When kicking-off a new engagement with a SEO agency, you might want to jump straight into the fancy stuff – keyword optimization, blog content, and competing in the SERPs with your top competitors. However, if you start with those things without forming a strong technical foundation first, it would be akin to buying a fixer upper house and only making the outside look pretty. In this case, the foundation and internals (technical SEO) were never addressed, and you wouldn’t be able to live in the house for very long without something going wrong. Don’t care for analogies? We got you covered with all the technical SEO jargon below to help understand just how important it is to begin with a full technical SEO audit at the start of a new client engagement.
Order of Operations – Why Technical SEO First?
One of the greats in SEO, Stephan Spencer, advocated in his book “The Art of SEO” that SEO is a combination of art and science. Well, technical SEO is the scientific part. It is more cut and dry than other elements like keyword intent and competition, and forms the basis for all other SEO enhancements to your website. A technical SEO audit covers a variety of main areas including security and crawlability (XML sitemap, robots.txt, SSL), site speed (core web vitals), and metadata (title tags, H1s, and meta descriptions).
Technical SEO is the fuel that helps more artistic and nuanced SEO strategies flourish. The first question we ask new clients is if they have done a technical audit in the past, and if so, when the last one was conducted. Chances are, even if one was done 6 months ago, we are still going to conduct an audit before anything else. Depending on how much your website changes throughout the year, it is also a good idea to do technical audits quarterly, or at the very least bi-annually. The good news is once the first one is completed (which often uncovers the most issues), the ongoing audits in theory should result in maintenance and upkeep with relatively little changes needed.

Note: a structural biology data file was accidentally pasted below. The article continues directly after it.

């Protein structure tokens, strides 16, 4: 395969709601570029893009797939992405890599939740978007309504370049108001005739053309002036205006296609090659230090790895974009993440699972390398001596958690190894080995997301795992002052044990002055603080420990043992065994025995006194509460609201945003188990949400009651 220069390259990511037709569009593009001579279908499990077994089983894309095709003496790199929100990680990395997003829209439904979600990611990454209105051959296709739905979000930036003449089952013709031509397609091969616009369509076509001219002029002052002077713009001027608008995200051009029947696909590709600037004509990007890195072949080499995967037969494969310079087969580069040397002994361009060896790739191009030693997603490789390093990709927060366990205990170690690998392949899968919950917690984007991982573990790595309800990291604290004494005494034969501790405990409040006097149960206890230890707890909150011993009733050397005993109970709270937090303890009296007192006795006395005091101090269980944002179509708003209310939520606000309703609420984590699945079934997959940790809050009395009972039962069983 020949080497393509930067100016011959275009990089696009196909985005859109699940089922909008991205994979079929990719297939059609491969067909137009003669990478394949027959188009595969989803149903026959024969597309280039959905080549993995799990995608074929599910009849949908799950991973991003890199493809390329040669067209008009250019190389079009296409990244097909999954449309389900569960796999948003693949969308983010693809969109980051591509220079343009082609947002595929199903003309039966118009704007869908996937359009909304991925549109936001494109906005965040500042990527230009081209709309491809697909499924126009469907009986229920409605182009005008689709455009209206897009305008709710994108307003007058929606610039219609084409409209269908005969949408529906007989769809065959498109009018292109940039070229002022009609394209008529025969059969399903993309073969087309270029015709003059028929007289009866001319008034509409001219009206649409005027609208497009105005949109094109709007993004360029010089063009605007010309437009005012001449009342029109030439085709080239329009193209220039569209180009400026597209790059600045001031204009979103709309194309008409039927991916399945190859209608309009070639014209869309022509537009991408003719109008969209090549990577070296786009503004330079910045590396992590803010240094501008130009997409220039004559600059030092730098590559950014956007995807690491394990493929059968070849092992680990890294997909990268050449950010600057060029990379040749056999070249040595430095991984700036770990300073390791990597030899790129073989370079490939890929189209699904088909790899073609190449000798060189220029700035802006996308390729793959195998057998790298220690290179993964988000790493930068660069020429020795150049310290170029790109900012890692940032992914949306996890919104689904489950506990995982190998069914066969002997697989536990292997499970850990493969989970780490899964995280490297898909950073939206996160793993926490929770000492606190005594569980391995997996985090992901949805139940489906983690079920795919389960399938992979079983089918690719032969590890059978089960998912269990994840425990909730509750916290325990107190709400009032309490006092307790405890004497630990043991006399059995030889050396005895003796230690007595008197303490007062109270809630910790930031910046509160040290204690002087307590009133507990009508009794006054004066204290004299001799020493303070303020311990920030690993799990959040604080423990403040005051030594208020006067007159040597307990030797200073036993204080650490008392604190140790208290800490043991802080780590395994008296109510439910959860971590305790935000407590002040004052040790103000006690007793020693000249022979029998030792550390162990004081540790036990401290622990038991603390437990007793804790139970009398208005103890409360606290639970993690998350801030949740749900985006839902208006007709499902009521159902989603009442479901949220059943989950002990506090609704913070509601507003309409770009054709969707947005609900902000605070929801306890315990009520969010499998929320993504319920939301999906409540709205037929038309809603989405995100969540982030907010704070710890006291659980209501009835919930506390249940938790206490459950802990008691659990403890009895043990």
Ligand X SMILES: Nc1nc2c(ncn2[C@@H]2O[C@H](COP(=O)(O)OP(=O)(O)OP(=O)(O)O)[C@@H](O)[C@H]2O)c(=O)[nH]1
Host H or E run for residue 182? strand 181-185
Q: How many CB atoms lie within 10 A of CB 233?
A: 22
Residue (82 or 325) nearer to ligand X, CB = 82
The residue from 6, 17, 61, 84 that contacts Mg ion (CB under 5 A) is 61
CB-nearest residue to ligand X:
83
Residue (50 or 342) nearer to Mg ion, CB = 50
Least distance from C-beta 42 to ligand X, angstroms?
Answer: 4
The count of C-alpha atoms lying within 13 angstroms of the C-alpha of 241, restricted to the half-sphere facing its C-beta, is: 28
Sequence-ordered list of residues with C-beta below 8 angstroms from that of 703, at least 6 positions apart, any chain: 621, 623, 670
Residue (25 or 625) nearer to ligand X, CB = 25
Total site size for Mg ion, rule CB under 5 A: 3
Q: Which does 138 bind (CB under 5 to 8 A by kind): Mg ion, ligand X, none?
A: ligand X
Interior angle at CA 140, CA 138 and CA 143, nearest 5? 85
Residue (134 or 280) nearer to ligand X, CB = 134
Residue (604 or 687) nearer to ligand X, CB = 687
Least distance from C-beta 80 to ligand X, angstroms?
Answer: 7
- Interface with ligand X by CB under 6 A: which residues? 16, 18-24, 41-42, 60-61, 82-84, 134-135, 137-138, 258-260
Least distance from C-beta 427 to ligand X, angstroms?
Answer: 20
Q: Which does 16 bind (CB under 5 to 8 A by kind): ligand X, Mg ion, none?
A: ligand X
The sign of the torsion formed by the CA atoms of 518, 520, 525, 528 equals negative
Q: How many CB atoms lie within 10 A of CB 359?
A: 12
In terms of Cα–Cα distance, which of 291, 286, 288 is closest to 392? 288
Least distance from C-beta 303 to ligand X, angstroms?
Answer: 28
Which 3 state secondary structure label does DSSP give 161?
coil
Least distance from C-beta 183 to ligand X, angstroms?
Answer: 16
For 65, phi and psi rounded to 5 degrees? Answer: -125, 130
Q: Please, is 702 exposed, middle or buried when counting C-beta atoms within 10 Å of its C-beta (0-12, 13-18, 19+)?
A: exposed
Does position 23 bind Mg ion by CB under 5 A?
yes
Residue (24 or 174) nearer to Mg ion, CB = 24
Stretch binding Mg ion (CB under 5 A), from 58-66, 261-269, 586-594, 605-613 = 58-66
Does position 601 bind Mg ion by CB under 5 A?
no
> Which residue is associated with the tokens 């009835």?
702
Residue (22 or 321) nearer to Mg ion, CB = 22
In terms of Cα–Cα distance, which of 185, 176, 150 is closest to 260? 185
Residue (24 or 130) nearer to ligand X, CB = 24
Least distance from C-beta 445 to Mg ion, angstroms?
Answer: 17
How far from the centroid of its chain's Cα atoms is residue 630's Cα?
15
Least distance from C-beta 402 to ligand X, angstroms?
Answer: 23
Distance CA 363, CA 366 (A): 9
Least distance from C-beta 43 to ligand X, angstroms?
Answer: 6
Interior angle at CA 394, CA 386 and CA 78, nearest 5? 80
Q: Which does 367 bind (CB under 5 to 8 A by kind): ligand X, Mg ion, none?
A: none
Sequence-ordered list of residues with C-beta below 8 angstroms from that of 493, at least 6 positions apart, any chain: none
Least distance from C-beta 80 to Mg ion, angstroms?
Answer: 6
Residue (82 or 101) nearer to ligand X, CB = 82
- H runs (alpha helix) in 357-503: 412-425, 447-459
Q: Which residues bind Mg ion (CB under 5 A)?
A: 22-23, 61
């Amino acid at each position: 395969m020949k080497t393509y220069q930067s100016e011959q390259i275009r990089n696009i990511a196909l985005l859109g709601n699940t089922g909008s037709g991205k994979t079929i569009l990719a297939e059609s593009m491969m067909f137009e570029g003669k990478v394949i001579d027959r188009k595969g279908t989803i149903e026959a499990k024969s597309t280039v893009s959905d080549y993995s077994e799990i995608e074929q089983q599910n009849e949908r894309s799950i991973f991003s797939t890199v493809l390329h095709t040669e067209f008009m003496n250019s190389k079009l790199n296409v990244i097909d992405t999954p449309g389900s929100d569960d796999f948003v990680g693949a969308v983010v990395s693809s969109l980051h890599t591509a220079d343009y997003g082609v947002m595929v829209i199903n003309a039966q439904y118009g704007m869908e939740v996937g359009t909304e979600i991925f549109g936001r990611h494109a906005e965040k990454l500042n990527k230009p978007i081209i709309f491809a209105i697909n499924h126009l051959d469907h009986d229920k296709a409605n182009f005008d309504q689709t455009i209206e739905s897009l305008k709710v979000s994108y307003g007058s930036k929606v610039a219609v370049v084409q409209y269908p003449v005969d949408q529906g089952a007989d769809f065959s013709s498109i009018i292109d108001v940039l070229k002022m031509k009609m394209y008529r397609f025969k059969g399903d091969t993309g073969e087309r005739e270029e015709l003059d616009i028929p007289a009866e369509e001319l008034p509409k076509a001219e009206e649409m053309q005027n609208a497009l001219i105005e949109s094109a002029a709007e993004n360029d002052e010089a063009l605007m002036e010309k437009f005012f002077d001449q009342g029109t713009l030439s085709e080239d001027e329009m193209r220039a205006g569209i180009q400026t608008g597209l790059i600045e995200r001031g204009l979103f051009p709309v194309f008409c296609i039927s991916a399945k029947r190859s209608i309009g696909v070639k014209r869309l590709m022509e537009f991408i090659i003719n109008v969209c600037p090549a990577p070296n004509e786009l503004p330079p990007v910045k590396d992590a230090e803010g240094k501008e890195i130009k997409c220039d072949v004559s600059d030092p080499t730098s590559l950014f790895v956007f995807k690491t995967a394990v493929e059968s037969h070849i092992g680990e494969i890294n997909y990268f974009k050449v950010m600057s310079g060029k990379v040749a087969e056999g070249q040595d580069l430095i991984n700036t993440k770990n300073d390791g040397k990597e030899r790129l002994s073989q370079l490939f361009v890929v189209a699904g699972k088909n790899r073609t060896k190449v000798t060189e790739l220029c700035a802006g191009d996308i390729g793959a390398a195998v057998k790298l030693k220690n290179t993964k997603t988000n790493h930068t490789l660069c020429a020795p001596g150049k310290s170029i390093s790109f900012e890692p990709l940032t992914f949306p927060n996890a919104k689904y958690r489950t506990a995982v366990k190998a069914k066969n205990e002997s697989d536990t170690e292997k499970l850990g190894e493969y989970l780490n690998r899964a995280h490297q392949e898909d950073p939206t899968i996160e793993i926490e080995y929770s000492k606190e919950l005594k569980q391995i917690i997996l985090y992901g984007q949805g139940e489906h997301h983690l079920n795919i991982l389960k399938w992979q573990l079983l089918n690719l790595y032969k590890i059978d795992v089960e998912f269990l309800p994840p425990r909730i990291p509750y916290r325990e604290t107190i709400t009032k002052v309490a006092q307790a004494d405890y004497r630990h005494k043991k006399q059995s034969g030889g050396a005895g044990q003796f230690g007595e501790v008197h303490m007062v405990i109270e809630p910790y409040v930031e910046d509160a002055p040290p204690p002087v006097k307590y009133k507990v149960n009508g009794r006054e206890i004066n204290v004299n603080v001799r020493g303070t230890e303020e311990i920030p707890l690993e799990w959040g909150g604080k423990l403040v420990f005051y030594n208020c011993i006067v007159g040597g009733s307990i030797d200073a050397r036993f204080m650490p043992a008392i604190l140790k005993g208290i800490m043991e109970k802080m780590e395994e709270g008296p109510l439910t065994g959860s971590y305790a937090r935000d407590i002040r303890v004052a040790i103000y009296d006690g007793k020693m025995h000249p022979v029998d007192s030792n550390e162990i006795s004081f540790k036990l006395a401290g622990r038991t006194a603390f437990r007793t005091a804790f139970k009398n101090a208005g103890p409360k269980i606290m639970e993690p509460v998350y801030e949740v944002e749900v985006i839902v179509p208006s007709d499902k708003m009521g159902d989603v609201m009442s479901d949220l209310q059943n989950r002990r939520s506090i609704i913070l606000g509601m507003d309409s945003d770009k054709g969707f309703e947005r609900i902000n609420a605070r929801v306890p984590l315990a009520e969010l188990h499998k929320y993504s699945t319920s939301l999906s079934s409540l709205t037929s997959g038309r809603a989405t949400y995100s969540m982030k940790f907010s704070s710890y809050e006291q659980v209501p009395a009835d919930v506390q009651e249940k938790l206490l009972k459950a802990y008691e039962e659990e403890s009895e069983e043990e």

More elements are covered in our technical audits than listed above, some of which you can check out in our deep dive on technical SEO. However, here we will primarily explore the importance of placing technical SEO first as it relates to the following technical SEO factors.
Security (Secure Sockets Layer – SSL)
If your site does not have a SSL license (think padlock icon in your browser URL bar), you are losing traction. Search engines favor sites that are secure, and will show secure sites with proper SSL licenses over ones without. If this is an issue, fixing this helps you get over the first hurdle.
A search engine crawler’s ability to access your site is dictated by technical SEO. If not optimized from the beginning, users could experience pages with errors, broken links, or not even see your website listed in the search results at all. To further illustrate how this is important, let’s follow our recurring theme of the desire to implement keywords on our site before doing anything else. You could optimize a page with your new keywords, only to find that the entire section of the site you are optimizing is not crawlable, and not being indexed on search results pages. There are a couple of specific crawlability factors we can look at to illustrate this further.
Crawlability – Robots.txt File
The robots.txt file is the first place search engines arrive when crawling your site. It serves as a directive of “allow” and “disallow” statements telling the crawlers what pages they can and cannot access. This is your chance to limit crawling to areas of the site like admin, customer accounts, and other areas of the site that are not customer facing. Going back to our house analogy, a house with no robots file would allow house guests to access every room of your house immediately – as opposed to one WITH a robots file where doors to bedrooms would be closed.